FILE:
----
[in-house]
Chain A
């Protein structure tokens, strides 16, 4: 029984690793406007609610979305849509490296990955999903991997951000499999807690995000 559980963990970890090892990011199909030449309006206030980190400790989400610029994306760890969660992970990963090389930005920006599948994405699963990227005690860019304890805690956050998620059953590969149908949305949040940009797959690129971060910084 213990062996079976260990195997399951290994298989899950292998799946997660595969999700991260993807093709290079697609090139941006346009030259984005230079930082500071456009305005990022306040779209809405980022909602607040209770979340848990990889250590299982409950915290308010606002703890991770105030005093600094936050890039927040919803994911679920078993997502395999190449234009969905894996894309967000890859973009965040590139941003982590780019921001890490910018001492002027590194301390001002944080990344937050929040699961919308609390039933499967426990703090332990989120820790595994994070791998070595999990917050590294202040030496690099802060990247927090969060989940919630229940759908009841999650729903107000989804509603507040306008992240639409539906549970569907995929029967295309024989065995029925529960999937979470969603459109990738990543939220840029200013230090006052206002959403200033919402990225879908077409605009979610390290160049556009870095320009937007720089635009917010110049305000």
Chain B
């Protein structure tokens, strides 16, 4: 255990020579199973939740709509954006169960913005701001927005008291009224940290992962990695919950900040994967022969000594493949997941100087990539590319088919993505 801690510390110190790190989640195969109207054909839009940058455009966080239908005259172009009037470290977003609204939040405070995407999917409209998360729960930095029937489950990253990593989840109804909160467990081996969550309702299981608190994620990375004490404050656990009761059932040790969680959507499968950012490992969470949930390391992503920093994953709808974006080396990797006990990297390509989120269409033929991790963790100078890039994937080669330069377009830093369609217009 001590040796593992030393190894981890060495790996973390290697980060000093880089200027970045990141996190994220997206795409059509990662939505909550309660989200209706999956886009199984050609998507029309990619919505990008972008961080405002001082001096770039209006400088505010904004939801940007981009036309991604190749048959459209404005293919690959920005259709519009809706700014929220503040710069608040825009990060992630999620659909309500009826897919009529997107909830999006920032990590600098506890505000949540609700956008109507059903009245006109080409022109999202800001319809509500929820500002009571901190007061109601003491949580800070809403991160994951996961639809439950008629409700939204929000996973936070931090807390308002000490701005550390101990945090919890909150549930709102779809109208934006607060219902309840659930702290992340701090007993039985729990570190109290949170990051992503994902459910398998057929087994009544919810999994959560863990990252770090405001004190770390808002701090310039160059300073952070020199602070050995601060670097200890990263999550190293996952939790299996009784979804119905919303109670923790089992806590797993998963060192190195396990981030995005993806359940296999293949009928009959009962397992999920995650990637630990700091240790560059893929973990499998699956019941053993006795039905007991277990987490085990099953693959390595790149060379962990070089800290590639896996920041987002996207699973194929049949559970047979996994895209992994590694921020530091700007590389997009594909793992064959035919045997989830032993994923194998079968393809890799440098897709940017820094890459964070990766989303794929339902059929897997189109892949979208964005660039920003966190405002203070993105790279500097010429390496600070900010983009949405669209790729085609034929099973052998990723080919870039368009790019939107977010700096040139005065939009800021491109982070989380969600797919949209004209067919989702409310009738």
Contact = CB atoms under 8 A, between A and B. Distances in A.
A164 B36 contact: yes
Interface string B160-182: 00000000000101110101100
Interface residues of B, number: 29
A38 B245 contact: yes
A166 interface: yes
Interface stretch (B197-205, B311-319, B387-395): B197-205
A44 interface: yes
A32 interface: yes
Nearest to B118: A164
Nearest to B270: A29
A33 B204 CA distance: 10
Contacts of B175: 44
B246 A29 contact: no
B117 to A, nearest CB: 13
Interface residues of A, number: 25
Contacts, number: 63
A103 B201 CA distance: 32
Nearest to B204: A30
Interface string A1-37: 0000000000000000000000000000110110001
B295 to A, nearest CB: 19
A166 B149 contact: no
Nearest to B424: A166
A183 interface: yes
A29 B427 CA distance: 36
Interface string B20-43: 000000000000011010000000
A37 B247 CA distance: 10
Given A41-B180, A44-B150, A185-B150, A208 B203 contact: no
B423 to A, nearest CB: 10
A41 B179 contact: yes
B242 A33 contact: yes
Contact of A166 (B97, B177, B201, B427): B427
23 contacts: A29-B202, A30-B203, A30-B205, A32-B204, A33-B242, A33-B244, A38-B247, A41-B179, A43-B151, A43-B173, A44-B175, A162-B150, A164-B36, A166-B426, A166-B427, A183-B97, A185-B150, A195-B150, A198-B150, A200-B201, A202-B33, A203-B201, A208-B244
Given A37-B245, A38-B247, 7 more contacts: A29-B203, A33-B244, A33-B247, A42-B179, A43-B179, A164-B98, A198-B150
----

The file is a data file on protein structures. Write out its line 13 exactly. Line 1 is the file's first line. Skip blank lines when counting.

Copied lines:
A44 interface: yes